Roman Polanski Comments on Rape Case: "It's Over"
by Scott Roxborough
Oct 2, 2017
In a rare press interview, Roman Polanski has addressed the decades-old sexual assault case that continues to dominate any discussion of the 84-year-old Oscar-winning director or his work.
Polanski is currently in Zurich promoting his latest film, Based on a True Story
, which stars Eva Green and Polanski's wife, French actress Emmanuelle Seigner. The thriller, which screened as a work-in-progress in Cannes this year, gets its world premiere in finished form at the Zurich Film Festival Monday night.
But it's a strange homecoming for Polanski. It was here, in Zurich in 2009, that the Los Angeles District Attorney's office initiated extradition proceedings against Polanski for a crime he committed back in 1977.
Most of the facts of the case are undisputed. On March 11, 1977 Polanski, at the time the toast of Hollywood as the director of Rosemary's Baby and Chinatown, was arrested and charged with drugging and raping then-13-year-old Samantha Gailey (now Samantha Geimer). As part of a plea bargain, Polanski pled guilty to unlawful sexual intercourse with a minor, underwent psychiatric evaluation and spent 42 days in jail.
But in 1978, when he heard that a judge was going to disregard the plea bargain and make an example of him, reportedly by giving him up to 50 years in prison, Polanski fled to Paris. He has remained a fugitive ever since, despite repeated attempts, including several pleas by the victim, Samantha Geimer, to have the case dismissed.
Last month, California Judge Scott Gordon rejected Geimer's latest request, saying the Polanski case would go forward.
“As you know Samantha Geimer has been asking for over 30 years for this thing to end,
” Polanski said. “But, I'm sorry the judges who dealt with it the last 40 years were corrupted, one covering for the other. So I don't maybe one of them will (eventually) stop doing it.
Polanski's attorney, Harland Braun has suggested the L.A. court sentence Polanski in absentia to 334 days in custody, which is equal to the time he's already served over the years in detention in U.S. and Switzerland, where he spent nearly a year under house arrest before the Swiss courts rejected the U.S. extradition request and set him free.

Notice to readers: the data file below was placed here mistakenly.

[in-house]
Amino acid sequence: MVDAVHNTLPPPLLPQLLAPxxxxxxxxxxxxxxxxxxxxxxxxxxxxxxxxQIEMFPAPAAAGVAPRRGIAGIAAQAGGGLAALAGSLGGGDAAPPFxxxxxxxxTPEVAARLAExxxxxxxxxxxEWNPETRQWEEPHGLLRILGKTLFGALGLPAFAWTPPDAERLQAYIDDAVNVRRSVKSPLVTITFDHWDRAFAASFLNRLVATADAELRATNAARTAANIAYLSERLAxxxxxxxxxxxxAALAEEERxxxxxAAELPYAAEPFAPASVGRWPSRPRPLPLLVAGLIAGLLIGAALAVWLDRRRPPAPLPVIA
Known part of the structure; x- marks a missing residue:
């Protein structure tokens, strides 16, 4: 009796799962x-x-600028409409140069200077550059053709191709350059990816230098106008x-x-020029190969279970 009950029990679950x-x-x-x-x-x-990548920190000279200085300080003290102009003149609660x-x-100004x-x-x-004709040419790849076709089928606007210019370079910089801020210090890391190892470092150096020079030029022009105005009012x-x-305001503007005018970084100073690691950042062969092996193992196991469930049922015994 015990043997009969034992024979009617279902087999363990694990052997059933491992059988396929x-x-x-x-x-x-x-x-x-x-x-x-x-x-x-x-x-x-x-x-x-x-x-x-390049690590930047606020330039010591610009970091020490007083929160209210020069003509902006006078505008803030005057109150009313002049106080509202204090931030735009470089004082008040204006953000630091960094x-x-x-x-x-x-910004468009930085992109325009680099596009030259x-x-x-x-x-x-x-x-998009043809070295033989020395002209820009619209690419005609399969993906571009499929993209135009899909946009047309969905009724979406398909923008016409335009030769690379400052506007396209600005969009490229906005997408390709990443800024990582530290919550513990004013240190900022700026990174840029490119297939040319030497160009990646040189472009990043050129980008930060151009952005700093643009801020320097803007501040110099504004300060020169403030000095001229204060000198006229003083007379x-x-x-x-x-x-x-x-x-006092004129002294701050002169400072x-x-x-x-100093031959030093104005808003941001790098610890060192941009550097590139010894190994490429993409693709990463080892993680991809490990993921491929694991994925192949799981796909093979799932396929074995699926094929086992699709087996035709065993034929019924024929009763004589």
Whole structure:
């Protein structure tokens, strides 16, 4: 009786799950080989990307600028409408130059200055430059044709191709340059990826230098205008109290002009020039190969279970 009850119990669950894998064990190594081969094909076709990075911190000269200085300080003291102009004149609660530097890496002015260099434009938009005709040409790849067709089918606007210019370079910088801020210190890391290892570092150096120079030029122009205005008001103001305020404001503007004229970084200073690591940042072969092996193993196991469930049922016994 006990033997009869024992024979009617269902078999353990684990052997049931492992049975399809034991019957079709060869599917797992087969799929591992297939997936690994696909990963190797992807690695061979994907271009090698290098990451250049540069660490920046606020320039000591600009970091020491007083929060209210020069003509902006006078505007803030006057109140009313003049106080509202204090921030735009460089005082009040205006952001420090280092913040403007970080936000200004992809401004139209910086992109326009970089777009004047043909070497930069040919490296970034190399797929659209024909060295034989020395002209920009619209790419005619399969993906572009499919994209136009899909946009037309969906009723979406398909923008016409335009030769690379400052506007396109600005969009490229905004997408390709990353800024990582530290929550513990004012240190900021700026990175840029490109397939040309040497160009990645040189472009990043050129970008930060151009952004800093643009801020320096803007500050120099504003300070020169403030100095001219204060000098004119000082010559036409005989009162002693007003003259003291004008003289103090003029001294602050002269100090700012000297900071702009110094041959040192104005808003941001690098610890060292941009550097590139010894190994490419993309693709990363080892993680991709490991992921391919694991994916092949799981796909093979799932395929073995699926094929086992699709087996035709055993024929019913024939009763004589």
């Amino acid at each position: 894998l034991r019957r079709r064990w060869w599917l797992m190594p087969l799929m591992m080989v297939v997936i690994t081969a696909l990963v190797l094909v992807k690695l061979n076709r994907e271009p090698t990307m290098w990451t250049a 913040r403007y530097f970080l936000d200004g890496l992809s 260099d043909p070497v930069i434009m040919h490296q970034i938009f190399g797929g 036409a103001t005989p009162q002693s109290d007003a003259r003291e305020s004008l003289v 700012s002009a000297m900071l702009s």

“As far as what I did: It's over. I pleaded guilty,
” said Polanski. “I went to jail. I came back to the United States to do it, people forget about that, or don't even know. I then was locked up here (in Zurich) after this festival. So in the sum, I did about 4 or 5 times more than what was promised to me.
The controversy over the decades-old case was reignited earlier this year after Polanski agreed to serve as president of the Cesars, France's equivalent to the Oscars. The director eventually withdrew after vocal protests by women's groups. The Polanski case and the controversy surrounding it have been the subject of two acclaimed documentaries from director Marina Zenovich: 2008's Roman Polanski: Wanted and Desired
and Roman Polanski: Odd Man Out
Speaking in Zurich, Polanski said it was “unfortunate
” that his films are now viewed through the filter of the case and surrounding scandal. Based on a True Story
was well received by critics in Cannes (The Hollywood Reporter called it “good fun from master craftsman Roman Polanski) and it marks a new turn in the veteran filmmaker's acclaimed career.
“To make a film with two women, I've never done that. I don't mean just two women on the set but a conflict between them. All my films have conflict between men or between men and a woman. But two females, no. So that was one of the things that really interested me. ...
Between men, conflict is more in the open, you know? With women it is hidden. They are more perfidious than the men, in general. In the film in this story the real confrontation comes very late. With two men, it would come right after the beginning of the relationship.
Polanski said he spent much less time rehearsing with Seigner and Green than he typically would on a film “with so much dialogue,
” instead letting both actresses come up with their own interpretations of their characters and individual scenes. “I directed them less than I usually direct (male) actors.